In 1682, an error in surveying placed Philadelphia inside the lands granted to Maryland. The two charters had overlapped. The Calvert family in Maryland demanded Philadelphia become a part of Maryland. The Penn family defended the error and in 1729 established Lancaster County, Pennsylvania partly in defense of the error.
Maryland hired a ruffian named Thomas Cresap to force the issue. He and his armed followers moved up the Susquehanna River from Havre de Grace, Maryland to the 40th parallel settling on the west bank of the river. From there they began harassing their Pennsylvania neighbors. They killed livestock and tore down fences. In 1732 the hostilities quieted down when the two colonies reached an agreement. But Lord Baltimore went back on the agreement two years later. Cresap and his men resumed raiding farms and telling Pennsylvania Quakers that if they wanted it stopped they would pay the taxes they owed Maryland.
The closest the dispute ever came to being a "war" was on November 23, 1736. A group of Scots-Irish men led by the Sheriff of Lancaster attacked Cresap's men. The Maryland ruffians were defeated with one being killed. Cresap was arrested and taken to Philadelphia. He remained in prison until August 1737 when the King ordered his release. He also ordered the two colonies to settle their dispute in the courts and not by fighting. An English high court ruled in 1750, in favor of Pennsylvania. The court stated that Maryland forfeited its charter rights when it agreed to the compromise in 1732. The new border was now at 39 degrees, 43 minutes, 26.3 seconds, north latitude based on the survey by Mason and Dixon.
Slavery and the Mason-Dixon line[change | change source]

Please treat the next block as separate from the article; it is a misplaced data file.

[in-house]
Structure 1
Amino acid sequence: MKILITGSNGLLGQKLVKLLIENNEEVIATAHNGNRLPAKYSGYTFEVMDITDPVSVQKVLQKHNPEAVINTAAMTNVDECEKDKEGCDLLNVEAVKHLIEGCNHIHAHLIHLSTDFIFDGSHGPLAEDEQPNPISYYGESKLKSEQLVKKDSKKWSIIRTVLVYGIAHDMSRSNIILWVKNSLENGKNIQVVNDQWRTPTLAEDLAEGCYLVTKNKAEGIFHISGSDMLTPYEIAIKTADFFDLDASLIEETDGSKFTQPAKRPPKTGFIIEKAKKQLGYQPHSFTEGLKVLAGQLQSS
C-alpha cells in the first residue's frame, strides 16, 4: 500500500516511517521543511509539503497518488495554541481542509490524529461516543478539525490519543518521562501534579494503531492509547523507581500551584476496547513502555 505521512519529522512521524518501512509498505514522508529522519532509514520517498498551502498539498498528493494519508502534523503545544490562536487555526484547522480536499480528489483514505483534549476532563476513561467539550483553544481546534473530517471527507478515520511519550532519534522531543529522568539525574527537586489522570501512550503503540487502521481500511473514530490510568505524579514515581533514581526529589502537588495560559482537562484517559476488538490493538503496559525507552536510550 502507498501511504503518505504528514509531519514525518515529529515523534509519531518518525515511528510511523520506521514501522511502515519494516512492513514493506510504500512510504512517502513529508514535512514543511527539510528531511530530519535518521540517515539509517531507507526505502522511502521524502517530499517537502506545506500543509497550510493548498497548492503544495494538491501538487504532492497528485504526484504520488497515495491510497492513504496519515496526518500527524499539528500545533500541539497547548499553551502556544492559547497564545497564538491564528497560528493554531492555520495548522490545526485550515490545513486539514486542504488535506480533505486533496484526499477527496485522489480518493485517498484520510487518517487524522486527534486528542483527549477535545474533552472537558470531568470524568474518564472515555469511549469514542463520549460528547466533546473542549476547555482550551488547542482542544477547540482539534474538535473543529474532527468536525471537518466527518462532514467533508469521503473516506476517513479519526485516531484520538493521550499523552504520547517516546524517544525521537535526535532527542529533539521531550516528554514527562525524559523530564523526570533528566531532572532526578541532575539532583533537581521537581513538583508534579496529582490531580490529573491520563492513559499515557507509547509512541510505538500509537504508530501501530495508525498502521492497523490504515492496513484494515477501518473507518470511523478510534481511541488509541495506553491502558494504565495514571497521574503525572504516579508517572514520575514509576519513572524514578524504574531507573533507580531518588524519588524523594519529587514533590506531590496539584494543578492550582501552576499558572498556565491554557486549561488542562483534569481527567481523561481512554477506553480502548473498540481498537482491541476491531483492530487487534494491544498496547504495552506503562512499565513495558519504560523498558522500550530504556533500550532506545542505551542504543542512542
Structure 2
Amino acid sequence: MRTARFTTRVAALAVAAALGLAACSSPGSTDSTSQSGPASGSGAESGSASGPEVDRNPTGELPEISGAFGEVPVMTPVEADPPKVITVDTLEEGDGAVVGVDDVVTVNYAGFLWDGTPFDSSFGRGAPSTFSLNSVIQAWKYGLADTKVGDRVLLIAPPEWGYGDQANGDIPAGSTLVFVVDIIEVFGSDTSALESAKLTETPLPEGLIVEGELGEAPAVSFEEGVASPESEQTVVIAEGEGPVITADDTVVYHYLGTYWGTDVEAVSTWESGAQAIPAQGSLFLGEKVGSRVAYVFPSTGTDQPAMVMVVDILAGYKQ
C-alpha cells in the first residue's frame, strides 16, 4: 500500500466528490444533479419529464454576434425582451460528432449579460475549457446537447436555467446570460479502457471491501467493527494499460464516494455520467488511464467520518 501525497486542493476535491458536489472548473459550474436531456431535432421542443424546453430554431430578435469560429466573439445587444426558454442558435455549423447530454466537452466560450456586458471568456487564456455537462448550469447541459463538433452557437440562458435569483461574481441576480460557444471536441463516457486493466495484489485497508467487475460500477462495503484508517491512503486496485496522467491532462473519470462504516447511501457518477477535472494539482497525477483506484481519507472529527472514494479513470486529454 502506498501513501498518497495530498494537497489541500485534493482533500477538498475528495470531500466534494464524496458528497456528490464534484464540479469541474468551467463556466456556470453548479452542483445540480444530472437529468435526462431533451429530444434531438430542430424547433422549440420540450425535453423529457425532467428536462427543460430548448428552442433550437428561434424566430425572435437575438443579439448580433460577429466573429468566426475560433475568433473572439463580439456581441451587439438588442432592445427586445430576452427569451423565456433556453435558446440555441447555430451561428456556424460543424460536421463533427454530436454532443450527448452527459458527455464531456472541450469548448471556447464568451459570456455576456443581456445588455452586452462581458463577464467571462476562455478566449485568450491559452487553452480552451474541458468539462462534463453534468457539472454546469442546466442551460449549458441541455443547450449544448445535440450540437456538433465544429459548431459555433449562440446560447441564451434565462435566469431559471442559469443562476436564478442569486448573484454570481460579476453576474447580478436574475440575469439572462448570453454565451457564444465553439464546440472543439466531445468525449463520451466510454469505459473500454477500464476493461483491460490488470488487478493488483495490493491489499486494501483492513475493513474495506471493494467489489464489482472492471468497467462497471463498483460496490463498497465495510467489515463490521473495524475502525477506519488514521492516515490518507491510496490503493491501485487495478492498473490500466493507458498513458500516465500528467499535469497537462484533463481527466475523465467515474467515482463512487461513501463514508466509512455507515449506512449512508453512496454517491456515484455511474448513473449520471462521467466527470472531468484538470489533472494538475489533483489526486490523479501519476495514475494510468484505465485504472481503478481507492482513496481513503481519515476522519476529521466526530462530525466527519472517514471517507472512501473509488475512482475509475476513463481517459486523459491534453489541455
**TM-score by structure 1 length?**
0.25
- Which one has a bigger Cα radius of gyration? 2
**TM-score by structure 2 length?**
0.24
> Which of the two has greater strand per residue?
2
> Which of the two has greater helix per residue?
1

In 1781, Pennsylvania abolished slavery. The original line became the rough dividing line between Southern slave states and Northern free states. The exception was Deleware which remained a slave state up to the American Civil War. Fifty years later the Missouri Compromise of 1820 established a line extending the Mason–Dixon line westward to the Ohio River. Then following the border of Ohio to the mouth of the river at the Mississippi River, then westward along 36 degrees 30 minutes North. The line began as a way to end a border dispute and became best known as the line separating slave and free states.
References[change | change source]
- John Mackenzie. "A brief history of the Mason-Dixon Line". University of Delaware. Retrieved 27 June 2016.
- "1767 Mason and Dixon draw a line". This Day in History. A&E Television Networks, LLC. Retrieved 27 June 2016.
- William Ecenbarger. "Drawing the Line". Surveyors Historical Society. Retrieved 27 June 2016.
- Bijal P. Trivedi (10 April 2002). "Saving the Mason-Dixon Line". National Geographic News. National Geographic Society. Retrieved 27 June 2016.
- "Sir George Calvert and the Colony of Avalon". Newfoundland and Labrador Heritage Web Site. Retrieved 27 June 2016.
- "Brief History of William Penn". USHistory.org/Independence Hall Association. Retrieved 27 June 2016.
- Harold Cramer. "Placing Pennsylvania on the Map: The First Steps". Historical Maps of Pennsylvania. Retrieved 27 June 2016.
- "The River as Barrier and Boundary: Cresap's War". LancasterHistory.org. Retrieved 27 June 2016.
- "History of the Mason-Dixon Line". Town of Rising Sun, Maryland. Retrieved 27 June 2016.
- Douglas Harper. "Slavery in Delaware". Slavery in the North. Retrieved 27 June 2016.
- Matt Rosenberg. "Mason-Dixon Line". About Education. About.com. Retrieved 27 June 2016.